President Donald Trump granted two pardons to the two ranchers Dwight and Steven Hammond who were convicted in 2012 of intentionally and maliciously setting fires on public lands. The Hammond’s had been serving five-year terms in federal prison until pardoned on Tuesday.
The convictions of the ranchers sparked the armed occupation of the Oregon national wildlife refuge by Ammon Bundy — the son of rancher Cliven Bundy — and other self-proclaimed militia members, who took control of empty federal buildings armed with long guns and outfitted in tactical gear.
White House press secretary Sarah Huckabee Sanders, said in a statement on Tuesday that the Obama administration had been “overzealous” in pursuing the Hammonds. “This was unjust,” she said.
The statement by Sanders reads in part:
“Today, President Donald J. Trump signed Executive Grants of Clemency (Full Pardons) for Dwight Lincoln Hammond, Jr., and his son, Steven Hammond. The Hammonds are multi-generation cattle ranchers in Oregon imprisoned in connection with a fire that leaked onto a small portion of neighboring public grazing land. The evidence at trial regarding the Hammonds’ responsibility for the fire was conflicting, and the jury acquitted them on most of the charges.
At the Hammonds’ original sentencing, the judge noted that they are respected in the community and that imposing the mandatory minimum, 5-year prison sentence would “shock the conscience” and be “grossly disproportionate to the severity” of their conduct.“
Sanders concluded her statement with: “Justice is overdue for Dwight and Steven Hammond, both of whom are entirely deserving of these Grants of Executive Clemency.”
CBS Video of Hammonds returning home
Unjust move in comparison to the plight of the water protectors at Standing Rock
Bruce Ellison, who served as legal counsel for Red Dawn Fallis -- the water protector who was sentenced Wednesday to 57 months in federal prison for the possession of a firearm and civil disobedience -- says there is an unjust sentiment that President Trump has demonstrated by the pardon of ranchers who incited the occupation of federal property and lands.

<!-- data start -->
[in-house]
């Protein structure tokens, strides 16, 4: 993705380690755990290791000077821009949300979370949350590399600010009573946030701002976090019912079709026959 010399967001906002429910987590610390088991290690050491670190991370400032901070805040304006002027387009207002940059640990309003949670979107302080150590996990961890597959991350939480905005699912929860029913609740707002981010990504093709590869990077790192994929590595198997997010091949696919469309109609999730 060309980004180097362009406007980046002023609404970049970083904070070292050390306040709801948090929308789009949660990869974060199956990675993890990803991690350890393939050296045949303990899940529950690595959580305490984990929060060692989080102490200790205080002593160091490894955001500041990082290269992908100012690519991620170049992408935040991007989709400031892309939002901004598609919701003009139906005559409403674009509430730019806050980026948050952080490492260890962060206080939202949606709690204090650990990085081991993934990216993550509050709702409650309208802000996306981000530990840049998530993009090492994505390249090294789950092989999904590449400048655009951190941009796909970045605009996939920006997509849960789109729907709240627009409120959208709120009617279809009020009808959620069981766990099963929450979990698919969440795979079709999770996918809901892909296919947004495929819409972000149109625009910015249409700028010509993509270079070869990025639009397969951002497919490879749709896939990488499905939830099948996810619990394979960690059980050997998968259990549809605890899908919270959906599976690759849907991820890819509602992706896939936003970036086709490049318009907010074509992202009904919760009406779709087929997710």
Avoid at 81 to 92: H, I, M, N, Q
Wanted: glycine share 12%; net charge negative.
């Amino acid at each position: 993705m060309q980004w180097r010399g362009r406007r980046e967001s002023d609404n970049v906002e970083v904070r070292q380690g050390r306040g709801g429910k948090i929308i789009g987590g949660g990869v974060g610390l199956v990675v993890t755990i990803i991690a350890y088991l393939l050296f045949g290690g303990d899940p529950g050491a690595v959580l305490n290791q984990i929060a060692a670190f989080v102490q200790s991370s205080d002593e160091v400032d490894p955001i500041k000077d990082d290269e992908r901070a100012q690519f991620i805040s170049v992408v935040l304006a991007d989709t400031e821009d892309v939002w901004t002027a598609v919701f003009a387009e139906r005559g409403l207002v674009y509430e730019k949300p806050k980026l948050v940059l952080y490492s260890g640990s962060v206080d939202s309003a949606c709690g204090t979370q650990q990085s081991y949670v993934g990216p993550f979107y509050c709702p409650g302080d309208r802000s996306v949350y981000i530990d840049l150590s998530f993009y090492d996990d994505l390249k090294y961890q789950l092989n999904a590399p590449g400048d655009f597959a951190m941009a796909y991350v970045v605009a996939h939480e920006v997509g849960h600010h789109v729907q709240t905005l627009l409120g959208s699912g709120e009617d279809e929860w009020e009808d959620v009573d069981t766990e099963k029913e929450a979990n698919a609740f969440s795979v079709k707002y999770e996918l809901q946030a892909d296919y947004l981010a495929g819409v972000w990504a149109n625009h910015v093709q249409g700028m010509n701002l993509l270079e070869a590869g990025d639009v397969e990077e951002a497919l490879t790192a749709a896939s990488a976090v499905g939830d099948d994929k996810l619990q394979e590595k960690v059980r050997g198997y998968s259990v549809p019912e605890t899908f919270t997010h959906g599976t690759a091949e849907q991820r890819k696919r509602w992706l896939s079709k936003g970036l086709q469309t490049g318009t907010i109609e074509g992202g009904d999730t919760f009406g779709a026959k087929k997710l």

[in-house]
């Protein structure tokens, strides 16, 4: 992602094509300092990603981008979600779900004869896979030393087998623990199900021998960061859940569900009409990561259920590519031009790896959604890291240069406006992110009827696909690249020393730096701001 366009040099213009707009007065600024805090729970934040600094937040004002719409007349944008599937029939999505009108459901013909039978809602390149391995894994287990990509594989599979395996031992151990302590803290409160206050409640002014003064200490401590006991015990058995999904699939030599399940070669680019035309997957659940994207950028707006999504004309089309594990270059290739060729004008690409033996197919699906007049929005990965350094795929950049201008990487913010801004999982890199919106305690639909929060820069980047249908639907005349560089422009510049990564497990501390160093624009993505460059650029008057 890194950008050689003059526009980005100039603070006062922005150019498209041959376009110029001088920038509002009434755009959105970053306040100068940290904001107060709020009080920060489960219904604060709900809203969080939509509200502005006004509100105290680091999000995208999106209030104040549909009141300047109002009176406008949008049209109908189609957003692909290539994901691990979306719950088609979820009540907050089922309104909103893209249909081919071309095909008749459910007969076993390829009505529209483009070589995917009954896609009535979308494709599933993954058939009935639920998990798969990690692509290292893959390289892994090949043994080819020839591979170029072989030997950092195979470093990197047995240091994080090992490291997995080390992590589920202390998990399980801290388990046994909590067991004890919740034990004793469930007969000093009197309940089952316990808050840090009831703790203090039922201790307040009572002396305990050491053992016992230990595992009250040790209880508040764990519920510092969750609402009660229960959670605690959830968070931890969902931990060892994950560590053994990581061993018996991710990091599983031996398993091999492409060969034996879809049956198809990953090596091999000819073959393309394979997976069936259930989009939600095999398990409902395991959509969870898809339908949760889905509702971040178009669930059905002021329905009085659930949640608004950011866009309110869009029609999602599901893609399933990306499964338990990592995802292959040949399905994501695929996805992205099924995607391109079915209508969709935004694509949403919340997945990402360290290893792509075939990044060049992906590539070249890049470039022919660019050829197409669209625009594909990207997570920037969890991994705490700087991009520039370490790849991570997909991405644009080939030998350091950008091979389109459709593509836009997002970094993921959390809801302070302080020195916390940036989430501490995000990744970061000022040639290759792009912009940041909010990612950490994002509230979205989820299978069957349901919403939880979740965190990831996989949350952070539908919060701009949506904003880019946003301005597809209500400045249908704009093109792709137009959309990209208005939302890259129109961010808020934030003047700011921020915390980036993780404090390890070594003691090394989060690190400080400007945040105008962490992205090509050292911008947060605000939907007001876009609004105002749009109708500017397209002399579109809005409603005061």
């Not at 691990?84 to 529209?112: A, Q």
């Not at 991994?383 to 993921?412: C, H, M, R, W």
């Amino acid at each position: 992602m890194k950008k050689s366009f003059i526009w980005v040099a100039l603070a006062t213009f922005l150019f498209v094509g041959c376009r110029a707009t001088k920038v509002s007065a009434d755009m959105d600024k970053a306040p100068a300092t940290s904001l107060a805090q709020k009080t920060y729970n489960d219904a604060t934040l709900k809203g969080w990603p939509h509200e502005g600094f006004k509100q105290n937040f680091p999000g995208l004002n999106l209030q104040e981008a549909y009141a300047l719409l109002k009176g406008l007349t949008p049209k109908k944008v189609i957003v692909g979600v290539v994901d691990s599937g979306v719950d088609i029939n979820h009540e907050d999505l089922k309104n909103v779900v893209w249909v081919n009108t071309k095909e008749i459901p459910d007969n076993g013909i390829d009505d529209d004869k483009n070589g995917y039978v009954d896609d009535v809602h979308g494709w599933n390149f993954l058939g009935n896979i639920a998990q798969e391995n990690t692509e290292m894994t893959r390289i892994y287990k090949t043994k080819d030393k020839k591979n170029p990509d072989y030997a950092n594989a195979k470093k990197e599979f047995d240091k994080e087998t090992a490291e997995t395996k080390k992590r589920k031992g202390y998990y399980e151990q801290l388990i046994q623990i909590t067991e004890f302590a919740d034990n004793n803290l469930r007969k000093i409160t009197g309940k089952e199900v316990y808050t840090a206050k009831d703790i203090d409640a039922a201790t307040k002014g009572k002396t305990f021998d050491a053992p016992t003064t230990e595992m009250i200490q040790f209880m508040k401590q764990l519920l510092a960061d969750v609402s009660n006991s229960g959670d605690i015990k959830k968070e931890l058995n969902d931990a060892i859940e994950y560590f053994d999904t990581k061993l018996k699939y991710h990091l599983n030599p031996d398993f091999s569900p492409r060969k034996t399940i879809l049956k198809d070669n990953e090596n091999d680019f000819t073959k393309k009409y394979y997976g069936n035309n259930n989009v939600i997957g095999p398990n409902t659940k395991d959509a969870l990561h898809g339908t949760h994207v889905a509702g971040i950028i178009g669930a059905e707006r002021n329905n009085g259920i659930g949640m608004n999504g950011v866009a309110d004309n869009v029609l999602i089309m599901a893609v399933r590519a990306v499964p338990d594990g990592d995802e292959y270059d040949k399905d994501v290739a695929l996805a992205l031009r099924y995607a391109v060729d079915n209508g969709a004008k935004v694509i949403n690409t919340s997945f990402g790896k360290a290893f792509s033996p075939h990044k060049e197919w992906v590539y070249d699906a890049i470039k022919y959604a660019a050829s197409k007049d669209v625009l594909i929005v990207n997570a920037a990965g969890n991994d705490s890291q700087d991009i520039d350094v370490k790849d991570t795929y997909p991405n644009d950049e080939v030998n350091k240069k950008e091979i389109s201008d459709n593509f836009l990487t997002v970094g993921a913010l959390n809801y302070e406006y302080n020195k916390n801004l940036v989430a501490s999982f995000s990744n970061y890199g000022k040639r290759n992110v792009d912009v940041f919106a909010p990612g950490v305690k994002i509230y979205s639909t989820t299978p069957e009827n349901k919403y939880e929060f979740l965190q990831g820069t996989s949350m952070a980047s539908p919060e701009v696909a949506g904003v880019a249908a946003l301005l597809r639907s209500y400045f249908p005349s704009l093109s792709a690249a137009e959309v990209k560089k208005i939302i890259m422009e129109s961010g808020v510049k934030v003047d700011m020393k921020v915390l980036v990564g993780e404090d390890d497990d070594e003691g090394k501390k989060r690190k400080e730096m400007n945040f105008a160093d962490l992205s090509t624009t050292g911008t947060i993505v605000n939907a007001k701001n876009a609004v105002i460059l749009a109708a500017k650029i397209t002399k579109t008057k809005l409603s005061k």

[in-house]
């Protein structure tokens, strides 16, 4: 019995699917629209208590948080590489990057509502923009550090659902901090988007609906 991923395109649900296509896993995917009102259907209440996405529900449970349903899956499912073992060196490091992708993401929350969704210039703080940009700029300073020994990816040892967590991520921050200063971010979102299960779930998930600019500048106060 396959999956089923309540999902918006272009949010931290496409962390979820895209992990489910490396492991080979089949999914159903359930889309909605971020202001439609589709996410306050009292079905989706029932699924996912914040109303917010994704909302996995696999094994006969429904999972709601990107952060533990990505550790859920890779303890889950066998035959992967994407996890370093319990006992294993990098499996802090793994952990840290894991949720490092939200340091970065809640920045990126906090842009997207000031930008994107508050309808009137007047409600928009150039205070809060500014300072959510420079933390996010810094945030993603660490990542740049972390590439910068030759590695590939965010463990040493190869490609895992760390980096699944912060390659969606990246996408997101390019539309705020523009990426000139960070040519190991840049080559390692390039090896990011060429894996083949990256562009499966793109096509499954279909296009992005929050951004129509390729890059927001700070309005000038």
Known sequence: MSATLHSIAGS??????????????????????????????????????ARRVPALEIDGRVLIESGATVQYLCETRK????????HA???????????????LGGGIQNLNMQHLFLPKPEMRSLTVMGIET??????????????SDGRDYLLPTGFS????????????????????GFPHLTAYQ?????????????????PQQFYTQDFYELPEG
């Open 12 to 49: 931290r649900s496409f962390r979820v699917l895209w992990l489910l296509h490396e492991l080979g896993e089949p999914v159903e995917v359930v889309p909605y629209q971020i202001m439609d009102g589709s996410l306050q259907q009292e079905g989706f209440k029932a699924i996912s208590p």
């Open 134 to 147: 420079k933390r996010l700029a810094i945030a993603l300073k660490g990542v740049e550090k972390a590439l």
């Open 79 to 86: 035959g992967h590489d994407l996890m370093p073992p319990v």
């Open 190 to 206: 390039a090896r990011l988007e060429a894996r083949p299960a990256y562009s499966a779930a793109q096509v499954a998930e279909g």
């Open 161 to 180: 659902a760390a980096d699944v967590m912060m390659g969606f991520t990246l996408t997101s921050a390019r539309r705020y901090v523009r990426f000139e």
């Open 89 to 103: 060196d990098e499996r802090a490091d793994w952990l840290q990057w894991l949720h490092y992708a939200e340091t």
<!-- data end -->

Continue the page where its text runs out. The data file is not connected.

“The fact that he (President Trump) was saying there seem to be legitimate issues that these folks were raising, and that he was going to pardon them? I think what is disturbing is that the only concern that Trump seems to have in regard to a presidential pardon has to do with only people who are ideologically like-minded.”
“One can only imagine what would happen if a group of Native people today were to take over a federal government building, and held arms and started fires,” said Ellison.
Ellison said that with over 100 active water protector cases, the President could show true resolve if he pardoned the water protectors.
“If Trump really was a person concerned about such issues, he would exonerate the water protectors. All of them.”
Follow Indian Country Today’s associate editor and senior correspondent, Vincent Schilling (Akwesasne Mohawk) on Twitter - @VinceSchilling